Just set the default log’s level to DEBUG . There’s not a lot of debug logs yet but we do emit URI rewrites and reverse proxy requests in the debug logs, which helps a majority of cases. We can add more if we find places where it would be useful. My recommendation with logging is to just let Caddy log anything and everything out to a single place and then you can aggregate and process them with proper tooling.

Honestly, because I was running a Caddy droplet on digital ocean I had no idea how to even view the logs since I wasn’t running Caddy directly. It was a total black box for the first few days experimenting with things and systemctl didn’t provide any default logs or output. It took me a long time to realize I could stop the caddy daemon and run it directly to view stdout at which point several problems were immediately obvious.

The one other piece of feedback I have is that the whole Caddyfile vs JSON formatting is really, really frustrating especially the fact that there isn’t a 1:1 mapping between them. I know I can start from a Caddyfile and use caddy adapt to get a JSON representation but there’s no way to go back which is a PITA for debugging.

I know this is a stretch, but honestly, this is the single most important thing that Cloudflare workers got right – the fact that it’s constrained but programmable means that I don’t have to understand the various intricacies of your config formats as long as I understand the primitives. I’d pay serious $$ for something programmable like CF workers via WASM / V8 that had the functionality that Caddy provides.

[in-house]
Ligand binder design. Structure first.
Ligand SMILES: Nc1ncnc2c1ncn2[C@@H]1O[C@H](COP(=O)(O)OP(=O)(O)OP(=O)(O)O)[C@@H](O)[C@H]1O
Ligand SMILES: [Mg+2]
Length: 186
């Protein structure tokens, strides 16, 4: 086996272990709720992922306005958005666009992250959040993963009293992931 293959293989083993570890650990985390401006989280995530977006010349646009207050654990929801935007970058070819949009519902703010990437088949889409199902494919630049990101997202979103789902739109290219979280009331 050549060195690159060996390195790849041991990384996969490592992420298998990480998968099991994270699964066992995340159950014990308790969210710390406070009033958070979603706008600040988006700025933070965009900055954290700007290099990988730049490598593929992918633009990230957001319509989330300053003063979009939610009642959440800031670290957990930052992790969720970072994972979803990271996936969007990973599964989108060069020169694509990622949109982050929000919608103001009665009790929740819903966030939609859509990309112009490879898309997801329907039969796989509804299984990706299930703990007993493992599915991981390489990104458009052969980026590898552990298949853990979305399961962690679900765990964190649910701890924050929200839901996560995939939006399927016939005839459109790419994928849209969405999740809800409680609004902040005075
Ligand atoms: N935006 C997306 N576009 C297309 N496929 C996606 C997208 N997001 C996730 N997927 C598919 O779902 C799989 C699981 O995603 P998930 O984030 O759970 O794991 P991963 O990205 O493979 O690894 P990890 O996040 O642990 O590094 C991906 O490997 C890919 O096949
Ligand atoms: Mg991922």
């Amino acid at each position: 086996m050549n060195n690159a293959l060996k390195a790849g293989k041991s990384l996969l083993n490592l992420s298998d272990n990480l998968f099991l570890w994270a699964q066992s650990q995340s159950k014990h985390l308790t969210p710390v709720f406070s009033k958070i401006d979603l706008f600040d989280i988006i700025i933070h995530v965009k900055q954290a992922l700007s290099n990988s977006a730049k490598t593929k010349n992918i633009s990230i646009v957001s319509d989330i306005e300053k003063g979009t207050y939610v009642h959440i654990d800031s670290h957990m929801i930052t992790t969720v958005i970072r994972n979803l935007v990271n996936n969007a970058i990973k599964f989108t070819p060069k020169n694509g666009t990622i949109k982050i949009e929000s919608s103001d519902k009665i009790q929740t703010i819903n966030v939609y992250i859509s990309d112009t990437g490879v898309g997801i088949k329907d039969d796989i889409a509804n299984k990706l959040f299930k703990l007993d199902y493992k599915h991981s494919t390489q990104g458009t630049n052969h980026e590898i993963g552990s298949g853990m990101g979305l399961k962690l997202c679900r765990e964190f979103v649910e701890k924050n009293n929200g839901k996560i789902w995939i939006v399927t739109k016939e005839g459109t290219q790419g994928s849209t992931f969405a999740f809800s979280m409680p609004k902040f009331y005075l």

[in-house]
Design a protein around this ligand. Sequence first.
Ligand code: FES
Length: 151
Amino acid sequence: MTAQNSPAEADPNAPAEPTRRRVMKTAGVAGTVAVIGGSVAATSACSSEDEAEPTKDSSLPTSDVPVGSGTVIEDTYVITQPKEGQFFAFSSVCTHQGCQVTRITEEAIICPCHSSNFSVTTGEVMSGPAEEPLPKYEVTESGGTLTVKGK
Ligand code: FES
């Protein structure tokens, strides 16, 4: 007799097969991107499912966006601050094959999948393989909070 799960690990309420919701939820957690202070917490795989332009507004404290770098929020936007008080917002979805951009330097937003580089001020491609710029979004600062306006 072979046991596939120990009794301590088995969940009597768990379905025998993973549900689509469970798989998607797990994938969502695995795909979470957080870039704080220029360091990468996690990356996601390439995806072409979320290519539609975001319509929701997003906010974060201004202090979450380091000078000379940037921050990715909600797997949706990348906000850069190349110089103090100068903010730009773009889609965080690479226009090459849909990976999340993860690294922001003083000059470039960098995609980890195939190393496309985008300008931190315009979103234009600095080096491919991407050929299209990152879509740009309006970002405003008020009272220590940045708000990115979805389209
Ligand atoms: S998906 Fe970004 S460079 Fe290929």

I view this as very analogous to how the GPU pipeline world changed dramatically once programmable shaders were introduced. Previously, you could just set various config settings and hope for the best which is pretty similar to how Nginx, Caddy, and most CDNs operate. The truly innovative thing that programmable shaders did for GPU programming is the same thing that CF workers have done for cloud networking – making them more much more accessible and extensible in a way that just isn’t possible with static configs.

Because ultimately the most difficult part imho of working with Caddy or Nginx is understanding the configs and trial & error with these esoteric DSLs. Even though I think you’ve done a great job with Caddy’s config DSL, it’s still will never be as easy as using an existing language.

Anyhow, I hope this feedback is helpful. Thanks again for your thorough answers and for this great product :100:

1 Like

Thanks for the feedback.

This is exactly what our community wiki is for. We even link to it from the top of the docs nav.

The welcome page tells you how to view the logs. (It’s the same way you view logs for any other Linux service. Not really a Caddy-specific thing. It’s more of a “how you use Linux computers” kind of thing.)

I mean, you or anyone is welcome to write a reverser. If it’s that big of a pain, then just write one yourself and share it with us!

Frankly I don’t recommend using the Caddyfile at all when you’re programming your web serve. Just use the JSON, then you don’t have to worry about the Caddyfile or its mapping at all.

The JSON is the absolute truth. Debug your config in the JSON format.